Something that is of interest to me in this discussion is the amount of cv vs. hands-on control that modules have. Is the machine doing the tweaking or is the human doing the tweaking when it comes to getting a great sound?


Something that is of interest to me in this discussion is the amount of cv vs. hands-on control that modules have. Is the machine doing the tweaking or is the human doing the tweaking when it comes to getting a great sound?
-- farkas
hmmm - does it really matter?

I tend to use modulation instead of wiggling knobs myself, I only have 2 hands and at the end of the day it really just comes down to taste, doesn't it? - I want to move this knob 30 degrees and back every 10 seconds - just plug in an attenuated lfo - does exactly the same thing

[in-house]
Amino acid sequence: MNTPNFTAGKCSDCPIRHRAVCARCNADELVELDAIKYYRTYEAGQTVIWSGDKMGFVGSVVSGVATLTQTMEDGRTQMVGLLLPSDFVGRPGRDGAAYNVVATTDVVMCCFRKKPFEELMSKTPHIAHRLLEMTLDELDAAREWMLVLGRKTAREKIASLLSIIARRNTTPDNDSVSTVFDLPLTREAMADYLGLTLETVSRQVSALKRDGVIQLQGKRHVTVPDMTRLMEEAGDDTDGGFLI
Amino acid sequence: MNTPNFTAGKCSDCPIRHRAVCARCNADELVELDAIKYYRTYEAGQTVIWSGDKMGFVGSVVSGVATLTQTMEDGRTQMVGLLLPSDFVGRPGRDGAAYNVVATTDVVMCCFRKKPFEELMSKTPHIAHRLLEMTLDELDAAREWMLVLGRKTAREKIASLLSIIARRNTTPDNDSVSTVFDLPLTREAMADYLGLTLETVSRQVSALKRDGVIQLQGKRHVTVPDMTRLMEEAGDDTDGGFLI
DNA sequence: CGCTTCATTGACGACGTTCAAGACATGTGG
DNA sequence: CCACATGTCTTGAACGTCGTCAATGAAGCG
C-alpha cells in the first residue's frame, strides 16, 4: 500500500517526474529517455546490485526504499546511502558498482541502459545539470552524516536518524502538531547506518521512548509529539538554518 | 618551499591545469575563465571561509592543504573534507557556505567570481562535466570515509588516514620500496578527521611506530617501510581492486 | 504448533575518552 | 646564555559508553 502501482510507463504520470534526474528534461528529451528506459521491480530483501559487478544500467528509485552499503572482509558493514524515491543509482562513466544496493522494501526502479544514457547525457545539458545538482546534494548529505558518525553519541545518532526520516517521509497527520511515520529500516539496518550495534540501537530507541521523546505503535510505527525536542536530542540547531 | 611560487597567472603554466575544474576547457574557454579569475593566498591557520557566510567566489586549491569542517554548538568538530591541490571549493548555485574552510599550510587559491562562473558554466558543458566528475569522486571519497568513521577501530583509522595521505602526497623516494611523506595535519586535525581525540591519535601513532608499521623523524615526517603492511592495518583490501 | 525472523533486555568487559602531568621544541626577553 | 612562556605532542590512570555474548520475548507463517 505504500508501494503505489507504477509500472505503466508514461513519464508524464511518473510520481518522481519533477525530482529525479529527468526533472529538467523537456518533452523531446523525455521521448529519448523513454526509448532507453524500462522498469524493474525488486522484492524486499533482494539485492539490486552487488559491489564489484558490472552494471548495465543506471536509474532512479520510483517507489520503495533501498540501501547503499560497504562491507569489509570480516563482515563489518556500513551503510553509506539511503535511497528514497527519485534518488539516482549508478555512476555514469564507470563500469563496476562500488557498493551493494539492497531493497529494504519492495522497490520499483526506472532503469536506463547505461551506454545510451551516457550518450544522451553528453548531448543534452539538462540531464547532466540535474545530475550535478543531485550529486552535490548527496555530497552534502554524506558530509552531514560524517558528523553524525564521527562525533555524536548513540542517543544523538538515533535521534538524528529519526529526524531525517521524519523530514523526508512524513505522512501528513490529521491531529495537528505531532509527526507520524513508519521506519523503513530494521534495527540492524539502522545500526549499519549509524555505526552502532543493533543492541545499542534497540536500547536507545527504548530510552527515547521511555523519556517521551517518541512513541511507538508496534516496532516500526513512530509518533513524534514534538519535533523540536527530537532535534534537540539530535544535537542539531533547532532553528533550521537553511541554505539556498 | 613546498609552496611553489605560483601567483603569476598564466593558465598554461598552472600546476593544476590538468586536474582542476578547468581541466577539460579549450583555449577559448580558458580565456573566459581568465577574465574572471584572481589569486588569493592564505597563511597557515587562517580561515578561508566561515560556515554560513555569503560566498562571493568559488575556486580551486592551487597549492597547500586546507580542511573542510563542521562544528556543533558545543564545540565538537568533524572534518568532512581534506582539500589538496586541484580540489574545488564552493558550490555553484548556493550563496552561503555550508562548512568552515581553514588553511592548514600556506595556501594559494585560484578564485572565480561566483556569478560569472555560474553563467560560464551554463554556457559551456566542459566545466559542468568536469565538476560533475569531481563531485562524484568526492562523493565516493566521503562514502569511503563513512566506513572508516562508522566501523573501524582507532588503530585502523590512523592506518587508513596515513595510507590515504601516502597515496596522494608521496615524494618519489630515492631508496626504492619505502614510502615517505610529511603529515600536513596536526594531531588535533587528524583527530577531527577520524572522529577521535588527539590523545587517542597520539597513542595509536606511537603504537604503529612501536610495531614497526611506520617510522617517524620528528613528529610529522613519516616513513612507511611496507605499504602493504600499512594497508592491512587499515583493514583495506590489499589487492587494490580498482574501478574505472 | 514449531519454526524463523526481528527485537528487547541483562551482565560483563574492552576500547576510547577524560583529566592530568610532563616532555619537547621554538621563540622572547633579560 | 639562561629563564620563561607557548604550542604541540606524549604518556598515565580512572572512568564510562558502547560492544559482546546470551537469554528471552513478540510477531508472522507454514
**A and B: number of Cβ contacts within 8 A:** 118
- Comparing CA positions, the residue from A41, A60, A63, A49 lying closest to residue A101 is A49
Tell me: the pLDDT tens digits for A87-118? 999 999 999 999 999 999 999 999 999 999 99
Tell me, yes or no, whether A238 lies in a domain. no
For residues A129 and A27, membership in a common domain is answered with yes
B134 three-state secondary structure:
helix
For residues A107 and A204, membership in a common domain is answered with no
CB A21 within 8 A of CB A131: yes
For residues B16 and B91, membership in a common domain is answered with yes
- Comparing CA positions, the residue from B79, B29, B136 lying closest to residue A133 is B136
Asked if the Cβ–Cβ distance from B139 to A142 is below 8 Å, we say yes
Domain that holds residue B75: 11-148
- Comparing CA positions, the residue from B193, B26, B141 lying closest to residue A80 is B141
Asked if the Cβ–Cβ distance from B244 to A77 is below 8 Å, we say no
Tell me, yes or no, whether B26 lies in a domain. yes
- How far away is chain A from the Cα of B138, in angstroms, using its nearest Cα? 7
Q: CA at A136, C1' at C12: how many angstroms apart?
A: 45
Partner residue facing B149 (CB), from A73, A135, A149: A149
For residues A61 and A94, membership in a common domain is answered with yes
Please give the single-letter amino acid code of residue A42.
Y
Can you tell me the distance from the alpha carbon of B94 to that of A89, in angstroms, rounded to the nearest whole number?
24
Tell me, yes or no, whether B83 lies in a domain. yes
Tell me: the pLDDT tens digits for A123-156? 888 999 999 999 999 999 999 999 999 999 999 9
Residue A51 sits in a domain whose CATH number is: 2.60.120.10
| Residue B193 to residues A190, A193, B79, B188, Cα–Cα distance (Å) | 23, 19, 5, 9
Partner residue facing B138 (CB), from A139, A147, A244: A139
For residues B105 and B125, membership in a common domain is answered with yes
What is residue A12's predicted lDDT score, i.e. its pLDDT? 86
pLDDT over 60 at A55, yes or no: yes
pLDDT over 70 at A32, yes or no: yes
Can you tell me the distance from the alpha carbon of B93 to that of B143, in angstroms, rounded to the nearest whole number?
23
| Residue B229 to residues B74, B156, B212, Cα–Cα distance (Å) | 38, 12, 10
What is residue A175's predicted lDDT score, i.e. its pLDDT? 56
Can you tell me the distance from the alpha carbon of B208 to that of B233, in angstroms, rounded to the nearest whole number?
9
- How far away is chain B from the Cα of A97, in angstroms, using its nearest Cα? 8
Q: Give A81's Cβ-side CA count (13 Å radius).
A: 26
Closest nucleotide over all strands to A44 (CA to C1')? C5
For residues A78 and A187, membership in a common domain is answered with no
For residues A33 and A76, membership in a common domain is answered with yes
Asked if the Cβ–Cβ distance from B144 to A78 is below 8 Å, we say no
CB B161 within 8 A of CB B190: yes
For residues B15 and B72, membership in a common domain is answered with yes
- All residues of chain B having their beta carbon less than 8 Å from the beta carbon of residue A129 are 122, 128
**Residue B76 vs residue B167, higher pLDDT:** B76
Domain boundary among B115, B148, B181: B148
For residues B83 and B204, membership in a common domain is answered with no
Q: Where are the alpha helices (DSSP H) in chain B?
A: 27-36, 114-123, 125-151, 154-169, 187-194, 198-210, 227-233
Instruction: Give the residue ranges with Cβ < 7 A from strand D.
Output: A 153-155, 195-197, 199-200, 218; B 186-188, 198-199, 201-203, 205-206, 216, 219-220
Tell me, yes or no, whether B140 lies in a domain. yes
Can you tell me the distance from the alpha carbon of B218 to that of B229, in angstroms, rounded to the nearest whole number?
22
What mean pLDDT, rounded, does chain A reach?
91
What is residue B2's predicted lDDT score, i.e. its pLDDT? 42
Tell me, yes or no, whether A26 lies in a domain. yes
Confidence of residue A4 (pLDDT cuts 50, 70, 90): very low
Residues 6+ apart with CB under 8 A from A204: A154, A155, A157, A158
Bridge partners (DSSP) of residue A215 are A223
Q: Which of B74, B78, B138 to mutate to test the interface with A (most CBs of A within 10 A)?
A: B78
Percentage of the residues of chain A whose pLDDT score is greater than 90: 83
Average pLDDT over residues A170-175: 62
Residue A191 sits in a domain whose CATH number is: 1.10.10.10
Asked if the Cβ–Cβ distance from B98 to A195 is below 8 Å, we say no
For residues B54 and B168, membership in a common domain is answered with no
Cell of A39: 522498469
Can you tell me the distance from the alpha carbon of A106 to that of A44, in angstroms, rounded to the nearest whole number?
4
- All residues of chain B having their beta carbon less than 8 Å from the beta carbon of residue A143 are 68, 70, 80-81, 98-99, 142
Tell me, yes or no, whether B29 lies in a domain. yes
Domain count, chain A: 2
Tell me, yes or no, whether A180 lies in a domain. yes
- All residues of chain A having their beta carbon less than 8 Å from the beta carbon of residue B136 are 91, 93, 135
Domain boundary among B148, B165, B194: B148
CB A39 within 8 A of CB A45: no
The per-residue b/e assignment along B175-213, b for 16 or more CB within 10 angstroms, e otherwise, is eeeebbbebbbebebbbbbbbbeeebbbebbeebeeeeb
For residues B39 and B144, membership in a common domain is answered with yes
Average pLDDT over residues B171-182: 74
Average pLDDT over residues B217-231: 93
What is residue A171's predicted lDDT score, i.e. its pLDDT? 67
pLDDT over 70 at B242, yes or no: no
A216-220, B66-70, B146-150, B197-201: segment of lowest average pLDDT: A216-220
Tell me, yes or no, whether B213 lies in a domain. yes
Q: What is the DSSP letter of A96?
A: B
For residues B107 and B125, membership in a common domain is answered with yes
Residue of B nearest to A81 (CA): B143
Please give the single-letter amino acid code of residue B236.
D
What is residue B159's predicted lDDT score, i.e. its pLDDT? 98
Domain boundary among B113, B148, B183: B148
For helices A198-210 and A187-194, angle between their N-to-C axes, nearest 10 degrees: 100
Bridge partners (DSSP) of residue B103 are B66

I have a friend who plays guitar - thinks he's good because he can play (strum) lots of different songs - and thinks that a guitar is an instrument and a synthesizer is a machine - although he does say I play guitar like a synth and synth like a guitar - I tell him that a guitar is just 6 analog oscillators and the ability to play is just a combination of muscle memory and taste

in the end it boils down to does it sound good - the harsh reality is that outside of a small group of musicians - no one cares how you make a sound, tune or indeed whole song - just whether it sounds good or not

Utility modules are the inexpensive, dull polish that makes the expensive, shiny modules actually shine!!!


hmmm - does it really matter?

I tend to use modulation instead of wiggling knobs myself, I only have 2 hands and at the end of the day it really just comes down to taste, doesn't it? - I want to move this knob 30 degrees and back every 10 seconds - just plug in an attenuated lfo - does exactly the same thing

-- JimHowell1970